How to Write a Termination Letter?
A termination letter should minimally include the following information:
- The employee’s name and work position;
- The reasons for the employee dismissal;
- The actions taken prior to termination such as warnings and disciplinary actions;
- The date of the employee’s last day of work;
- Information about compensation and benefits;
- Contact information for the person in charge.
A termination letter should always be written in a professional manner. Casual or informal language should be avoided. Information must be concise, exempt from unnecessary details, and accurate.
How to Terminate an Employee?
The termination of an employee must be planned according to the legislation in place. In Canada, employers must provide clear reasons for the employee dismissal. To announce a termination, HR professionals or managers should:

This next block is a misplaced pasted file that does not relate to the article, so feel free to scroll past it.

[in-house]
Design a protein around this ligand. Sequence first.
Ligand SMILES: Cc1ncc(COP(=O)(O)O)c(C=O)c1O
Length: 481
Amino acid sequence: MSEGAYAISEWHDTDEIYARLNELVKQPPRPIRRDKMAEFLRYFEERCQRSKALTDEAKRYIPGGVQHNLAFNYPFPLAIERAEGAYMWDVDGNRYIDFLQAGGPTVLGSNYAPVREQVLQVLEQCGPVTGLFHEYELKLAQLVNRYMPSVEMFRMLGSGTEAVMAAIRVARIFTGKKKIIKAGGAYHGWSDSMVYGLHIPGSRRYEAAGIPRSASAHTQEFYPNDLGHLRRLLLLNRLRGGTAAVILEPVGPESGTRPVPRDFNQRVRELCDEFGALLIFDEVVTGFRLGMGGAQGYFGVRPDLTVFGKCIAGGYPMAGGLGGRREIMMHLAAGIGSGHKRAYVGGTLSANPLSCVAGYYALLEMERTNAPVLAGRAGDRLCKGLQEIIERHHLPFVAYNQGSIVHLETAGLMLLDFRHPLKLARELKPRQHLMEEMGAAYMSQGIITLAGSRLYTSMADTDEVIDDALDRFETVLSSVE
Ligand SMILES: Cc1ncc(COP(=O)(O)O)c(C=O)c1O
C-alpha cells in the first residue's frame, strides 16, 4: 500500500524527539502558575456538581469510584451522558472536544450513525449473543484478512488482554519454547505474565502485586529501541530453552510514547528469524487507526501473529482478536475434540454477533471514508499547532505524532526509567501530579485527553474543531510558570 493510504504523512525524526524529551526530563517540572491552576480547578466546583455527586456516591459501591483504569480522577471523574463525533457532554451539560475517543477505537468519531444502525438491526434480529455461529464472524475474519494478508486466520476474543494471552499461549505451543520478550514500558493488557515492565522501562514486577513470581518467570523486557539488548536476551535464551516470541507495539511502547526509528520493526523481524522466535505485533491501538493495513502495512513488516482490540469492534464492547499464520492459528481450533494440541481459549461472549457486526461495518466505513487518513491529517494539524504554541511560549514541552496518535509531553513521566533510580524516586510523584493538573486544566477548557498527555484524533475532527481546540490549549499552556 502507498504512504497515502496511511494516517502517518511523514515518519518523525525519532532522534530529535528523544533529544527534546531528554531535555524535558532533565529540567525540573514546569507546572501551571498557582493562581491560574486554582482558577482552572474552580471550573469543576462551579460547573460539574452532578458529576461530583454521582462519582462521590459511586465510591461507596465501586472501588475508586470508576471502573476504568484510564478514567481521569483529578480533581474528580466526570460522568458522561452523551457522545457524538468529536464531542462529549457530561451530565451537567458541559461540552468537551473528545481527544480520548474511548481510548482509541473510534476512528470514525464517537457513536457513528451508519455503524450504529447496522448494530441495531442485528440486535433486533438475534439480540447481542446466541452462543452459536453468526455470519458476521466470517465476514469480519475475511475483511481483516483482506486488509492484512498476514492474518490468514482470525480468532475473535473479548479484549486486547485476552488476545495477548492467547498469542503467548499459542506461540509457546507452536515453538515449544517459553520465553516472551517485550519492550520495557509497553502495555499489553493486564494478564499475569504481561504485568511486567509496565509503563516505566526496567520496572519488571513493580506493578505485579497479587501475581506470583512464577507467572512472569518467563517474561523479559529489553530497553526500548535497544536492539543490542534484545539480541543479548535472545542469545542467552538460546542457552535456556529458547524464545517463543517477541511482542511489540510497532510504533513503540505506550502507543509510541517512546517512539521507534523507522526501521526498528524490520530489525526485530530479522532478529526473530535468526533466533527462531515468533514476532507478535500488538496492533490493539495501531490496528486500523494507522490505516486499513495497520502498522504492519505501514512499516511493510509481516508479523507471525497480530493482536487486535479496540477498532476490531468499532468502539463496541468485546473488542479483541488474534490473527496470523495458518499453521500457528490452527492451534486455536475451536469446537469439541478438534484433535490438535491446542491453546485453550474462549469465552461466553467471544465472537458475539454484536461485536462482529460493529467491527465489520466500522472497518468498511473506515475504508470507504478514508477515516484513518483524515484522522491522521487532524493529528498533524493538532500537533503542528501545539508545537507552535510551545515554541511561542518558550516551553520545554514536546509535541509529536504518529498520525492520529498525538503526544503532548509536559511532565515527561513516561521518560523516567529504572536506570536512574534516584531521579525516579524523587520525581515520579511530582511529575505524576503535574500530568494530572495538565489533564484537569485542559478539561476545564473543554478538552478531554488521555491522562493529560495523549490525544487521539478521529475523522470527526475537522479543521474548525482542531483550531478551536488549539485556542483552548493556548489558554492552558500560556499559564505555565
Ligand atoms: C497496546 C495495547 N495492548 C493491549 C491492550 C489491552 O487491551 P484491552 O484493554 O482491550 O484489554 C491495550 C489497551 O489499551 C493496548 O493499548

- Avoid small talk;
- Communicate the termination at the beginning of the meeting;
- Listen to the employee;
- Avoid misdirected compassion;
- Detail important information such as pay, benefits, references, etc.;
- Thank the employee for their contribution;
- Wrap up the meeting as quickly as is reasonably possible.
What Reasons Can Lead to a Termination?
Legitimate reasons for termination vary by region. In Canada, they include:
- Incompetence: relative lack of productivity or poor quality of work;
- Insubordination: dishonesty or disrespect of company rules;
- Attendance issues: tardiness, frequent absences;
- Criminal behavior: stealing, revealing trade secrets;
- Discriminatory behaviors: intimidation, sexual harassment, racism, etc.;
- Physical or psychological violence.